Netflix’s The Babysitter Review: Raunchy, Gory, Bad

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When I saw the trailer for The Babysitter, I knew beforehand not to expect much. I knew the kind of movie I was going into, and I knew that I wasn’t exactly walking in to a masterpiece. That being said, let’s review Netflix’s The Babysitter.

The Babysitter is a movie that classifies itself as a teen horror comedy flick.

It attempts to adapt all the jokes and comedy that comes from a stereotypical teenage drama, and blends it into a slasher-thriller type movie. It has the same over exaggerated stereotype characters and the same kind of humour that you can expect from these kinds of movies. Basically, think Mean Girls mixed with Scream.

A high school comedy inside a horror/thriller. Source: Netflix

Now I feel like I should discuss the general plot of this movie. The story revolves around a geeky boy who stays up past his bed time to find out what his hot babysitter gets up to when he’s asleep. To his horror, he discovers that she is instead part of a satanic murderous cult who will stop at nothing to keep him quiet.

Let’s start off with some of the good things about The Babysitter movie.

For one, this movie actually has some decent characters and the relationships between one another, especially Judah Lewis and Samara Weaving, who have a lot of chemistry. I didn’t expect them to spend time developing the protagonists in the first act, and while it caught me a little off guard, it did add to me caring about them in the second half when all hell breaks loose.

It meant that it wasn’t just another teen slasher flick, it had heart to it. The antagonist wasn’t some generic evil murderer, it was the cool babysitter that we had grown to like for the first act or so. And because of that, the protagonist actually had some internal conflict where he had to suppress his initial crush to kill her. I thought that was pretty cool.

Cole and Bee have amazing chemistry! Source: Netflix

One of the hardest things to account for is when a film is trying to parody the genre or stereotypes that can be expected. In that sense, the movie goes into this grey area where I’m not even sure if that’s something against the movie, or something that benefits from it.

Like I said before, The Babysitter has the same offensive jokes and the same over exaggerated violence.

It’s nothing new, and frankly, it’s not that funny. It’s so over the top that I hope that the intention was to parody itself, because I couldn’t take this film seriously in the least.

Let’s talk about the violence for a little bit. I’ve always had a problem with violence and gore, not that I’m someone that despises it, I just think that overusing it isn’t usually necessary. Especially in a ‘hardcore’ MA15+ horror comedy, the gore usually comes off as a joke. For example, there’s a scene where someone gets stabbed in the head with a knife, and the blood spurts all over someone else like a fountain. It’s not funny, it’s just gross and hard to watch.

A lot of films are able to accomplish the horror/comedy genre with a good blend between gripping horror and laugh-out-loud comedy. Unfortunately, The Babysitter isn’t one of them.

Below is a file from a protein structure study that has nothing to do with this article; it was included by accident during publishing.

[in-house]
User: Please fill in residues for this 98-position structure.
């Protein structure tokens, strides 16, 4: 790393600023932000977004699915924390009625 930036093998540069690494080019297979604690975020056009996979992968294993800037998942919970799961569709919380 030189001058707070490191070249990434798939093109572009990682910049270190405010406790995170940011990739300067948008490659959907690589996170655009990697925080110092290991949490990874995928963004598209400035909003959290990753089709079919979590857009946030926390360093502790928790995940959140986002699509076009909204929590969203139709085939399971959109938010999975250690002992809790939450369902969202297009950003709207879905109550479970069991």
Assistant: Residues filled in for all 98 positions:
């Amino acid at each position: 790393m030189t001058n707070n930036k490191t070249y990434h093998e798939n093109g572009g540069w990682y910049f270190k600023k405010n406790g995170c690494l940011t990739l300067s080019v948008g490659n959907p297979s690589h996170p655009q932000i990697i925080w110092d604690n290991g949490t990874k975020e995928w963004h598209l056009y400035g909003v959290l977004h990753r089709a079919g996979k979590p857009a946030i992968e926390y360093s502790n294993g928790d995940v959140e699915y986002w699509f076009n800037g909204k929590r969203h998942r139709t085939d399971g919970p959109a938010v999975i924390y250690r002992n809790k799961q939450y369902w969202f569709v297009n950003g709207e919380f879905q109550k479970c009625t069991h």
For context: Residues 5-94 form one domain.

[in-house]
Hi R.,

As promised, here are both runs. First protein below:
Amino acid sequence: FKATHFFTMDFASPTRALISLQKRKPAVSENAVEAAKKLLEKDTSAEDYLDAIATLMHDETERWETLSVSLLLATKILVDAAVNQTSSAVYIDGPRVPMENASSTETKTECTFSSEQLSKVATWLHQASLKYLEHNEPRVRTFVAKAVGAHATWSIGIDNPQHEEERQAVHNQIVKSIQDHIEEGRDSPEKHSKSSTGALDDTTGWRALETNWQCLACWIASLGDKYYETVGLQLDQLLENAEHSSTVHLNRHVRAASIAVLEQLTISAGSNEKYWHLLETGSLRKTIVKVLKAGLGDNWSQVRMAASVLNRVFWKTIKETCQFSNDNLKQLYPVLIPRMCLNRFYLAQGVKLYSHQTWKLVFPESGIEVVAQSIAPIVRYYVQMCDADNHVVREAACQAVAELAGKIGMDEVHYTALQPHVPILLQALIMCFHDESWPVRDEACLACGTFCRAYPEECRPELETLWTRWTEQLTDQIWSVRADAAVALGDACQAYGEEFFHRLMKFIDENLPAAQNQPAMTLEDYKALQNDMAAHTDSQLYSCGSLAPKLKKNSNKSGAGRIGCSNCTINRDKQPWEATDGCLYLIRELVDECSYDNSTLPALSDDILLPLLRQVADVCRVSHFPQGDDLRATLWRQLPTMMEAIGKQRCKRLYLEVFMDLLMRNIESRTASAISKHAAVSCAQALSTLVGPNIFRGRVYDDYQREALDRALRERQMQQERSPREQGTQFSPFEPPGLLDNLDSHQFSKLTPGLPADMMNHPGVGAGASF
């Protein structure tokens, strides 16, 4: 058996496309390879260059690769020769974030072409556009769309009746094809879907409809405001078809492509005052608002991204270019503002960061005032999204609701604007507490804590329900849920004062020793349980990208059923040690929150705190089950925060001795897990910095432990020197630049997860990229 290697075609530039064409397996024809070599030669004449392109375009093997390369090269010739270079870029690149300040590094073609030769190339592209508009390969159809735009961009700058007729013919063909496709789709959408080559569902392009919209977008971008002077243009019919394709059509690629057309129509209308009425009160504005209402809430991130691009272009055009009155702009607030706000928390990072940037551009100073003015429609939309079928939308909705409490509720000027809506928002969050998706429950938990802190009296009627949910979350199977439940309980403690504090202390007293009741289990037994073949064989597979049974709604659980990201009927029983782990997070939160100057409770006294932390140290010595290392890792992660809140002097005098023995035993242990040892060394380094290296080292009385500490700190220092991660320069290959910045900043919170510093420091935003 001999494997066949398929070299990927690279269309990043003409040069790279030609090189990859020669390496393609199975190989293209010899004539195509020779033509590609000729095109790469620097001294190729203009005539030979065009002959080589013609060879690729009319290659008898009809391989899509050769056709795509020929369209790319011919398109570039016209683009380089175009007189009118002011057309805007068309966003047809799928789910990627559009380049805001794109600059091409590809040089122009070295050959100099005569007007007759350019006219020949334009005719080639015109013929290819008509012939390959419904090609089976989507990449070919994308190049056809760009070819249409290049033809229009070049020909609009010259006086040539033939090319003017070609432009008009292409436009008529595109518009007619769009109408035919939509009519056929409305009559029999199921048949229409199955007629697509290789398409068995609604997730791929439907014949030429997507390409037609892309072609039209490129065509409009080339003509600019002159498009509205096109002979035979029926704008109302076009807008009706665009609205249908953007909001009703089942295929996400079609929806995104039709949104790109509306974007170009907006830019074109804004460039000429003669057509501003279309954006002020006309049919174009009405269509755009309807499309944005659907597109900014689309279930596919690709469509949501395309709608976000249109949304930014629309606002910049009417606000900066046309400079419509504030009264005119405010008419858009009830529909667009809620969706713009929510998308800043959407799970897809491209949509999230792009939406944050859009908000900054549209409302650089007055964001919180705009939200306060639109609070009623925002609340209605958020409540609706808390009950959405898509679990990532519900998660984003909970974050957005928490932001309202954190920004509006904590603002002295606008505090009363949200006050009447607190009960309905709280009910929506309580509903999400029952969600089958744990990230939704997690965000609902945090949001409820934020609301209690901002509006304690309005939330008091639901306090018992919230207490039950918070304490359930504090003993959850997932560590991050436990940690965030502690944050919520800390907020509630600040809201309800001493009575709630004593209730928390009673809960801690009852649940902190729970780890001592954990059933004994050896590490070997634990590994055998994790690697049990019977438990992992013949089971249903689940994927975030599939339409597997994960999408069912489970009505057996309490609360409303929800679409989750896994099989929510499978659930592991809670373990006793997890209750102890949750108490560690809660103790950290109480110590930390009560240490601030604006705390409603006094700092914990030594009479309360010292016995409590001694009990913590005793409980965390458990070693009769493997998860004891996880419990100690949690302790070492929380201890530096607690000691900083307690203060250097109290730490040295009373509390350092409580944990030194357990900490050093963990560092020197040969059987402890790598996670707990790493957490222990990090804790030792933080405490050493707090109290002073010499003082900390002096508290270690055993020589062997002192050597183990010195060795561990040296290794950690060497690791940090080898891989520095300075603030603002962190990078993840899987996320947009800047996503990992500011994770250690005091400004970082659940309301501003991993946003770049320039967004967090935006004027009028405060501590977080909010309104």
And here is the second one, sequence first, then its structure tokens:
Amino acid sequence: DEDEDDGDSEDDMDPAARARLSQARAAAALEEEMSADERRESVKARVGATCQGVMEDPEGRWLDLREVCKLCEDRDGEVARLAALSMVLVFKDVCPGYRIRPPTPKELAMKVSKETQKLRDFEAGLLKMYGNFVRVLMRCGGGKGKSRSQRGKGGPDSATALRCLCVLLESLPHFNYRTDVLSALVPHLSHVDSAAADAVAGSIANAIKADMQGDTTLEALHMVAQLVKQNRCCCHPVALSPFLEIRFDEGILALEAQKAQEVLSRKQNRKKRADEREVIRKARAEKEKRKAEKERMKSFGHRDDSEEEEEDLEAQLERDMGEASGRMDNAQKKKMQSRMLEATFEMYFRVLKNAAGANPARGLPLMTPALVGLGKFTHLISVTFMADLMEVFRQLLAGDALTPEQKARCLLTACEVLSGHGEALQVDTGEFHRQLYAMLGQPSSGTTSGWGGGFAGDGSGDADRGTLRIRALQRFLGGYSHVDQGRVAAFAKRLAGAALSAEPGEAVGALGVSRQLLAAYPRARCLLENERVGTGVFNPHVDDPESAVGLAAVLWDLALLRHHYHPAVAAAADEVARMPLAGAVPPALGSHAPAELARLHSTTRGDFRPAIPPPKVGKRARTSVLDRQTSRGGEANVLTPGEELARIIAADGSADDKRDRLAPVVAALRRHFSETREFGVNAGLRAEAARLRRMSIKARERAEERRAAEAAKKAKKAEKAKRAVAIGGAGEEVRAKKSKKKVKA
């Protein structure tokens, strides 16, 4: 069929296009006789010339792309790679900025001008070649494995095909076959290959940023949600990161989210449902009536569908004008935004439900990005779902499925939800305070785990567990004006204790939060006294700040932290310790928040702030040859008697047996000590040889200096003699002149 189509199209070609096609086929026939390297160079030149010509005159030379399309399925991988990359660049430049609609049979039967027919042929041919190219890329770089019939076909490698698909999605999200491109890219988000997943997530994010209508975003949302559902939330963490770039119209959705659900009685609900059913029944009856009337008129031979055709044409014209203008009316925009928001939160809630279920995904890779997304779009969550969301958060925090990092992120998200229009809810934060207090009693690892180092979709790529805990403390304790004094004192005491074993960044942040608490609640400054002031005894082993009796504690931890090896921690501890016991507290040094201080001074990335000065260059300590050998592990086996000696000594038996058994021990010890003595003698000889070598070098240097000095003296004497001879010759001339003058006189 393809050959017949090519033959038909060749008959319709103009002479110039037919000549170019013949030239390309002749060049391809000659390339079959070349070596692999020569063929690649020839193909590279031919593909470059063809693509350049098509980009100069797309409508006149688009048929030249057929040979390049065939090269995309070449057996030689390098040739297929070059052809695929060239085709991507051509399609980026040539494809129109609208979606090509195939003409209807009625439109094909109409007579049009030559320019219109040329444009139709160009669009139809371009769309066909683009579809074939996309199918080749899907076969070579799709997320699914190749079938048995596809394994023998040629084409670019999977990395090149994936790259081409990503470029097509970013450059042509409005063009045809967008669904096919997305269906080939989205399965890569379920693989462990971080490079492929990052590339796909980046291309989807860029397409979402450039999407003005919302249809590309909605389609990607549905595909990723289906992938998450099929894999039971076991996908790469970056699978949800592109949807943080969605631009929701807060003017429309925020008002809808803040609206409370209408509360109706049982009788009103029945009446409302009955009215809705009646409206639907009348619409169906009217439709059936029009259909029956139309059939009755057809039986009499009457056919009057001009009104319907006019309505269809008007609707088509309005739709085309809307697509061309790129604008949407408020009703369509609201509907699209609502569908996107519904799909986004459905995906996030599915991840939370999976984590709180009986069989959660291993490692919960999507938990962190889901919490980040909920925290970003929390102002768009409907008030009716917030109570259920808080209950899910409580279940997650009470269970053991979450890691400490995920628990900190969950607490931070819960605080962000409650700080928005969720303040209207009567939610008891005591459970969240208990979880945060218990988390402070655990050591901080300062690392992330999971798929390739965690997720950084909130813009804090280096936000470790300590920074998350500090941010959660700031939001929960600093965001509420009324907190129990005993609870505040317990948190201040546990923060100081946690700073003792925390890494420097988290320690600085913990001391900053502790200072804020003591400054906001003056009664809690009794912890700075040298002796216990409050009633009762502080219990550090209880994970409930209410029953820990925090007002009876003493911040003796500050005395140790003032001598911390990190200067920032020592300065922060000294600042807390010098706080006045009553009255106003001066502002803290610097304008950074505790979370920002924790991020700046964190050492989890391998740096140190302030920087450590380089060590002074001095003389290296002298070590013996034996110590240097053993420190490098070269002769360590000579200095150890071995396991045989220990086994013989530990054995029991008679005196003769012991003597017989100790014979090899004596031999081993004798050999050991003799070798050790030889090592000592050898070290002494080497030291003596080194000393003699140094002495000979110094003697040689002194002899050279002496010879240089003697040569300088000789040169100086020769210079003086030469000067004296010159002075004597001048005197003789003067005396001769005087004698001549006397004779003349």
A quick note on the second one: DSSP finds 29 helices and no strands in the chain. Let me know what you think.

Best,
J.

In fact, I’d struggle to call it horror at all, unless you’re someone that’s terrified of blood. At the bare minimum, a good horror film needs to have a good scary villain. That’s how a horror film works, by setting a terrifying threat that risks the protagonist’s safety, as well as giving the audience a good scare. This has none of that.

Instead we have a group of high school teenage stereotypes that play murderous hide and seek with a middle school kid. What makes it worse is the script writes in the worst jokes in the worst times that are supposed to be tense. There’ll be a scene where a guy is chasing the kid, and then he’ll suddenly stop to throw around some banter and give him some life advice.

The babysitter has an great cast, but lacks a good script. Source: Netflix

On top of all of that, it seems like the producers don’t even understand their targeted audience. The film itself has an MA15+ rating, which can be shown through the offensive language and jokes, constant sexual imagery and utter gore porn. It’s one of the most ‘out there’ film, and yet it’s written and edited almost as if it was a middle school comedy for 12 year olds. Not that I have a problem with them, it’s just that it’s a very jarring difference to go from childish comedy into sexualised gore.

Now, by far one of the most annoying things about this film was these large reaction texts that they edit into the screen.

Whenever something surprising happens, we get a close up shot of a character’s reaction to it, followed by large texts that fill up the screen (like “WHAT THE F*CK”). It made the movie look more like an internet meme or a gif. The movie fails at delivering certain beats in the movie that they had to actually tell you how you’re supposed to react. I can look past everything else to an extent, but this crappy editing ruined the legitimacy of the entire film.

A gore-fest comedy? Source: Netflix

If you go into this movie expecting nothing more than a fun raunchy violent comedy, you will probably enjoy it. It’s not a godawful movie, it has some merits to it, and it is overall somewhat entertaining. But it is also far from a perfect movie. The film could’ve done better with a more menacing group of antagonists, a better script that wasn’t too focused on writing jokes, and just better jokes in general.

Also, take out those giant reaction texts, they’re bloody annoying.

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